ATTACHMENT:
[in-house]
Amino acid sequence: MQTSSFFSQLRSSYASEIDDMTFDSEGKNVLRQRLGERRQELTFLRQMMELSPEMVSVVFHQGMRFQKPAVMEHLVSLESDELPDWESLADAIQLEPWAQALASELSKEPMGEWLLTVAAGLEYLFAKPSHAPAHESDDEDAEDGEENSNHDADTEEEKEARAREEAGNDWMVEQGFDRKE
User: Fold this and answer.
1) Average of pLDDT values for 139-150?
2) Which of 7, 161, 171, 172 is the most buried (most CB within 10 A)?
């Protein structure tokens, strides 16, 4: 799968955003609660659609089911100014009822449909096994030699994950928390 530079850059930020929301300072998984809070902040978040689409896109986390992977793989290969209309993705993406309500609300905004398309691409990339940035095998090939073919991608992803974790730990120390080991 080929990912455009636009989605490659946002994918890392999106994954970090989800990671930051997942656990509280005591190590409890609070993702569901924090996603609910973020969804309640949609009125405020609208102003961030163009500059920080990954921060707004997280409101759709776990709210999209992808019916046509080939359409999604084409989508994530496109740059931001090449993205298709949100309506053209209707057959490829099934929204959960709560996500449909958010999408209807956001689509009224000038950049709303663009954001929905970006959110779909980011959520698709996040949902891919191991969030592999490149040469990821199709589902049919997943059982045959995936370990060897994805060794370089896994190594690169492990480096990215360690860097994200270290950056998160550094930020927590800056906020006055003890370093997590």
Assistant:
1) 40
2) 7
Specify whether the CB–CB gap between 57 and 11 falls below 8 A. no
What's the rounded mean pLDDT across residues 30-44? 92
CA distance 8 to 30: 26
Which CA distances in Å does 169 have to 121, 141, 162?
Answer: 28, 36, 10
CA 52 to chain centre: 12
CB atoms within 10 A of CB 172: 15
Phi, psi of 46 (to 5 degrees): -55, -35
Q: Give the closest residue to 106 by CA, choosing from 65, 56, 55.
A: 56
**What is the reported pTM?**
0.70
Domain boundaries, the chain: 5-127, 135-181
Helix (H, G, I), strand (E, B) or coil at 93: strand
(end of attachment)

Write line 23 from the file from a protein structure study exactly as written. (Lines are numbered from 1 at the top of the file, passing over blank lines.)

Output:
Helix (H, G, I), strand (E, B) or coil at 93: strand